Legacy of Gulf War and border dispute continue to dog relations with Kuwait

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Twenty years after Iraq's invasion of Kuwait, tensions between the two countries continue to run high over borders, war reparations and civil disputes that culminated this week in the closure of Iraq's state airline.

Hoshyar Zebari, Iraq's Foreign Minister, said the key dispute between the two sides was over the maritime border, drawn after the 1991 Gulf War, that meant Iraqi ships have to sail through Kuwaiti waters to reach home ports. One pier on the maritime frontier is half Iraqi and half Kuwaiti. The maritime border was drawn up in Kuwait's favour after the first Gulf War. Endorsed by the UN, it was accepted by Saddam Hussein when his fortunes were at low ebb in 1993 and he was prepared to make concessions to stay in power. "The land and maritime border is the key issue," said Mr Zebari. "The Iraqi side of the channel is shallow our ships have to go through Kuwait waters."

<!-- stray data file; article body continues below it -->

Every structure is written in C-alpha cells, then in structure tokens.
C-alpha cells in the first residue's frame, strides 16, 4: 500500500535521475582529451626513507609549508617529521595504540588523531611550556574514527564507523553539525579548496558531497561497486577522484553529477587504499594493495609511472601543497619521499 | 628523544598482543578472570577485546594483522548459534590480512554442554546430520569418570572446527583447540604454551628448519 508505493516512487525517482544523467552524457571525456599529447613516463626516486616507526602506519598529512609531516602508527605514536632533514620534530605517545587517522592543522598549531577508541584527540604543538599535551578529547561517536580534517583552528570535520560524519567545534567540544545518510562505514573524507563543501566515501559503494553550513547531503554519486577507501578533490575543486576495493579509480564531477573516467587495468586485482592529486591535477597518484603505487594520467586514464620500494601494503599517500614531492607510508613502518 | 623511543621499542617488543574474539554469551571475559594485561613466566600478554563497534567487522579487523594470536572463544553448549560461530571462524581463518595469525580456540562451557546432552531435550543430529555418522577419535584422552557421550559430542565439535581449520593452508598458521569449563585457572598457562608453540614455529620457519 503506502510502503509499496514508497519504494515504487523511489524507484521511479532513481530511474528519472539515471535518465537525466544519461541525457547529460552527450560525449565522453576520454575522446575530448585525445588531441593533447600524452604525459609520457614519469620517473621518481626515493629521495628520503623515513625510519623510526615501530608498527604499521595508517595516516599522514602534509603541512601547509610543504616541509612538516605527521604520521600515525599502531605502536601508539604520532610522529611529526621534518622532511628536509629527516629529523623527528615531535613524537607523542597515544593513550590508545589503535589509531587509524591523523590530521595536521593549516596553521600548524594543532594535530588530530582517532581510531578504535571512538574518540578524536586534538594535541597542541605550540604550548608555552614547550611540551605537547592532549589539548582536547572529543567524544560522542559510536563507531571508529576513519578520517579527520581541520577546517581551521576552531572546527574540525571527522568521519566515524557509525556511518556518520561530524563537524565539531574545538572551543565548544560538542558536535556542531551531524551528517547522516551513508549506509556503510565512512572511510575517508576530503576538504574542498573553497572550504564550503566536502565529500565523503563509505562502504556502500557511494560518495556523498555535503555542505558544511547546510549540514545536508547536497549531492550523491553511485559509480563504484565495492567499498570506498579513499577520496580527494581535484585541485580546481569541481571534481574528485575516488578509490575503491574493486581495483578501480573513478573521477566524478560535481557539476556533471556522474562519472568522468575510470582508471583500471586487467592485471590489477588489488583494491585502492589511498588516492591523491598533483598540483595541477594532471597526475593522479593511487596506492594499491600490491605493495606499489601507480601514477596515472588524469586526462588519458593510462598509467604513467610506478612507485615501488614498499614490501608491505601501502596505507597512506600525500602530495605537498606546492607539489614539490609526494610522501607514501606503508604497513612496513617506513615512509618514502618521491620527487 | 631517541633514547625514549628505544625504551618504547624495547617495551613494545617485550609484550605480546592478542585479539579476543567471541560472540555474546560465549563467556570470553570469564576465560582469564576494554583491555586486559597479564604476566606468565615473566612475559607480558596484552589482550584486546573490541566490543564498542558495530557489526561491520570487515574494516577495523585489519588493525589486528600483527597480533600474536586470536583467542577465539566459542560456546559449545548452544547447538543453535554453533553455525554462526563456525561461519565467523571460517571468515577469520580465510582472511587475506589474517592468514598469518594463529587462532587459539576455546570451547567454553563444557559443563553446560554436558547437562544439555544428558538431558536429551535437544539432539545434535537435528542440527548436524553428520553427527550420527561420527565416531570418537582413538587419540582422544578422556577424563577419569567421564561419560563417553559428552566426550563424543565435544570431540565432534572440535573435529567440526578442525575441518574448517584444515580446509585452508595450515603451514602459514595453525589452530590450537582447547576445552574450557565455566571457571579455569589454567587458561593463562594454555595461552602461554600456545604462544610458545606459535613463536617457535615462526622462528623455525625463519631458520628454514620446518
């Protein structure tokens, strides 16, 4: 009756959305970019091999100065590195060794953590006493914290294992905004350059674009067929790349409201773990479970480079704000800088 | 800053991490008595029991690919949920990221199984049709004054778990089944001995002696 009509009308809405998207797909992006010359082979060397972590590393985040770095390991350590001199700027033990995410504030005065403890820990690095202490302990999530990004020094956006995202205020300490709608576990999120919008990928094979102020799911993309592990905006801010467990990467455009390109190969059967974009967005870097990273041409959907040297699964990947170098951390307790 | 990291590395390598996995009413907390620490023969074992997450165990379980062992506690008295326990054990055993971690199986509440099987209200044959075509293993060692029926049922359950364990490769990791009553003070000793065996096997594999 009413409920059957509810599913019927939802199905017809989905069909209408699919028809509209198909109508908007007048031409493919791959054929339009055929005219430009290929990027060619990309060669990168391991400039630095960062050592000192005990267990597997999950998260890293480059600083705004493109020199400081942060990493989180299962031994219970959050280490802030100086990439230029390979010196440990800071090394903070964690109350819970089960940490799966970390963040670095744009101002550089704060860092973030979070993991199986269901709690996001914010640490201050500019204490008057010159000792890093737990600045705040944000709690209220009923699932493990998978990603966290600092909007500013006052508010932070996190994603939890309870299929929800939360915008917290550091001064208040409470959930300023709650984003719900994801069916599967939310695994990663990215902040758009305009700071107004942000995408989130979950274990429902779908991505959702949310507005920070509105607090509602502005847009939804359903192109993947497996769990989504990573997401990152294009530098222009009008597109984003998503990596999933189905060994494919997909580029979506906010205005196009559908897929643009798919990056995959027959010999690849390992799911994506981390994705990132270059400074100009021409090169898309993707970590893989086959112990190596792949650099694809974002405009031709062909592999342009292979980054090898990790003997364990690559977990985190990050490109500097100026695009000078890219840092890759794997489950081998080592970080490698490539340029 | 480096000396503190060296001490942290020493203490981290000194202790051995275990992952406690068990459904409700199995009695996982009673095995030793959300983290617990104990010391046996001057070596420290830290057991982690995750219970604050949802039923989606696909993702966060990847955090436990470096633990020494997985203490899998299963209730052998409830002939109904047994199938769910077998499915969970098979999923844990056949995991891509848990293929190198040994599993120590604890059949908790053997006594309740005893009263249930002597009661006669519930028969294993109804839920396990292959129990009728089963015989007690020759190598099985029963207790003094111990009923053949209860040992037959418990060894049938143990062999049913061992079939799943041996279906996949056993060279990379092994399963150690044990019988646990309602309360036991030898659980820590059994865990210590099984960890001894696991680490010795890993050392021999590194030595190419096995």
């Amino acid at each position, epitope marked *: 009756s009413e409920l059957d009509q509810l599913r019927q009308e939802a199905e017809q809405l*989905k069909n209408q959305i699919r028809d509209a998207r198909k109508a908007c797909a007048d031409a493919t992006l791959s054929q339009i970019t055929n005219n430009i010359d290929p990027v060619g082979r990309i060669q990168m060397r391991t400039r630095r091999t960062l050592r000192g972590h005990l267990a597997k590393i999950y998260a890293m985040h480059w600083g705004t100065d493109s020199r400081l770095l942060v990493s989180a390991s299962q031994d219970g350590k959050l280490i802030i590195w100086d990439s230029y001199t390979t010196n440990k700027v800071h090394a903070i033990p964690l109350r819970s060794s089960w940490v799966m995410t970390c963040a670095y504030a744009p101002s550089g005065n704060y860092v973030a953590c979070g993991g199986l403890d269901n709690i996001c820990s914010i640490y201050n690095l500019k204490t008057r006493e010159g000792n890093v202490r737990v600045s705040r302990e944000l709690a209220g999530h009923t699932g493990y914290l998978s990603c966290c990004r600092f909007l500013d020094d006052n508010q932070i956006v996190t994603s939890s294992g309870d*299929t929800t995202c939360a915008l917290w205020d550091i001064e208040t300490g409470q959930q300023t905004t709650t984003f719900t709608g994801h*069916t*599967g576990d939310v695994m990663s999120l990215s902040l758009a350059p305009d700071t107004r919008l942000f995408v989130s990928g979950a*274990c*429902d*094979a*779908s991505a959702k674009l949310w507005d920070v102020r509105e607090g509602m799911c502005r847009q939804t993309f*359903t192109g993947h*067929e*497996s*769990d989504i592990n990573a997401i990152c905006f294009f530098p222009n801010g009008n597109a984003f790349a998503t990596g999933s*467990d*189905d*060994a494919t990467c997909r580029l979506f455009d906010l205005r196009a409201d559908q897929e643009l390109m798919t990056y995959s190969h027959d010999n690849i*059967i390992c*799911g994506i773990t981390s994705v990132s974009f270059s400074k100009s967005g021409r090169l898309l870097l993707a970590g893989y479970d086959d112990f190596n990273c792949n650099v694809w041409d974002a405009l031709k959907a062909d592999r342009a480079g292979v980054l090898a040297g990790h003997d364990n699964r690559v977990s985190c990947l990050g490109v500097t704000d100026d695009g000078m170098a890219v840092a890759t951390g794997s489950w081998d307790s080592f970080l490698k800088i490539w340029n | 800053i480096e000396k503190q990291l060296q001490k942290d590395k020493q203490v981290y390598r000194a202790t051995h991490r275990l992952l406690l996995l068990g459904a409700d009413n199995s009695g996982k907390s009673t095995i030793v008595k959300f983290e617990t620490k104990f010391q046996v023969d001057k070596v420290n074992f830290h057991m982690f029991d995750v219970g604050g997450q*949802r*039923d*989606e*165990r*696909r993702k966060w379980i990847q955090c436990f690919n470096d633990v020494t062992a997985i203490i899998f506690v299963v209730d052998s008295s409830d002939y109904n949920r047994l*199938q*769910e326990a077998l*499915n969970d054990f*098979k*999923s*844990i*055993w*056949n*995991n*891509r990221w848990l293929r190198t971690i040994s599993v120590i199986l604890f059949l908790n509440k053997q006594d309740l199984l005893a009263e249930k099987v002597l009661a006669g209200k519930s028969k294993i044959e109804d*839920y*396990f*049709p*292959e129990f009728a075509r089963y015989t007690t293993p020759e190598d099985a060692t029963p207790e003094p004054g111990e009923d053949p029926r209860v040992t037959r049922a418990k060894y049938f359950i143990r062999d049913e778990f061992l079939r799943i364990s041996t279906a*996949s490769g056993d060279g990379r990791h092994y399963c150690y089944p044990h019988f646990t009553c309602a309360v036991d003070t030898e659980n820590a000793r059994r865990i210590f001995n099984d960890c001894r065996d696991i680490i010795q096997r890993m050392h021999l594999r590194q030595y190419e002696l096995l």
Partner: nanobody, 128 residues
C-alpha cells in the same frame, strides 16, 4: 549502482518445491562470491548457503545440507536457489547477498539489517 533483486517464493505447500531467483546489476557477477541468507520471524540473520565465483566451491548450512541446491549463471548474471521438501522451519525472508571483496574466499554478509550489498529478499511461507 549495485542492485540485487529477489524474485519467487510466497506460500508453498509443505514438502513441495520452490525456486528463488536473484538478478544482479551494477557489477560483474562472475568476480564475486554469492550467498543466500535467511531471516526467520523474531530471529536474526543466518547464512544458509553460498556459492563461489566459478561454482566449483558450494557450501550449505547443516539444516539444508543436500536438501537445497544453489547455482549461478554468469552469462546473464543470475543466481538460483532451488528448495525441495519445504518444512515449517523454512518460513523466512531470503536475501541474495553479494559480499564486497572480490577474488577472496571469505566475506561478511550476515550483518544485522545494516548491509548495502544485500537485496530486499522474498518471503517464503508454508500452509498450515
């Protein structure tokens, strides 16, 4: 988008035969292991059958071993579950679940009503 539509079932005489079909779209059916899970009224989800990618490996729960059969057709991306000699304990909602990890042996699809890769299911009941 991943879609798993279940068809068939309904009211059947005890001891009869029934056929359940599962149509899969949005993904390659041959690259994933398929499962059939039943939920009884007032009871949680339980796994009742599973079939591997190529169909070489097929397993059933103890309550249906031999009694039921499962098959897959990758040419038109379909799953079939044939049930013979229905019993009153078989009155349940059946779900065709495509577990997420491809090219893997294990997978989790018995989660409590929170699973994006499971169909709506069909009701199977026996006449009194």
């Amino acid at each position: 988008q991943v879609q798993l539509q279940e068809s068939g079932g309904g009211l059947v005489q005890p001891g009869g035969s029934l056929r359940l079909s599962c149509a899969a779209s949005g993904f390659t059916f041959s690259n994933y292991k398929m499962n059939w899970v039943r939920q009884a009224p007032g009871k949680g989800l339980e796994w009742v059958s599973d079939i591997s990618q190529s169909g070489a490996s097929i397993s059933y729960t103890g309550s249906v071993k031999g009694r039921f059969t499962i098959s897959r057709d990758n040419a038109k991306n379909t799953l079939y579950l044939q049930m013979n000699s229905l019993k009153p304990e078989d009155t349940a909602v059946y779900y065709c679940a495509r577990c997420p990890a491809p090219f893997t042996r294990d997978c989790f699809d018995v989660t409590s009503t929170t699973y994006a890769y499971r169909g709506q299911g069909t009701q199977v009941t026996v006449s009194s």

The shipping channel inside Iraqi waters is blocked by wrecked ships and treacherous because of shallow waters. It means Iraqi ships are forced to sail in Kuwaiti waters, although the emirate has offered to help dredge the Iraqi side of the shipping channel so this can be avoided in future.

But the animosity between the two sides makes compromise difficult. Other key disputes include the payment to Kuwait of five per cent of Iraq's oil revenues as reparations. Kuwait Airways' demand for $1.2bn as compensation for the snatching of 10 aircraft in 1990 forced the closure of state carrier Iraqi Airways this week.

The Kuwaitis want to keep the protection of UN Security Council resolutions passed after the war that were aimed at demonstrating the extent of Saddam Hussein's defeat. But no Iraqi government post-Saddam will want to explain why it has agreed that Iraqi vessels should continue to pass through Kuwaiti waters to reach the Gulf.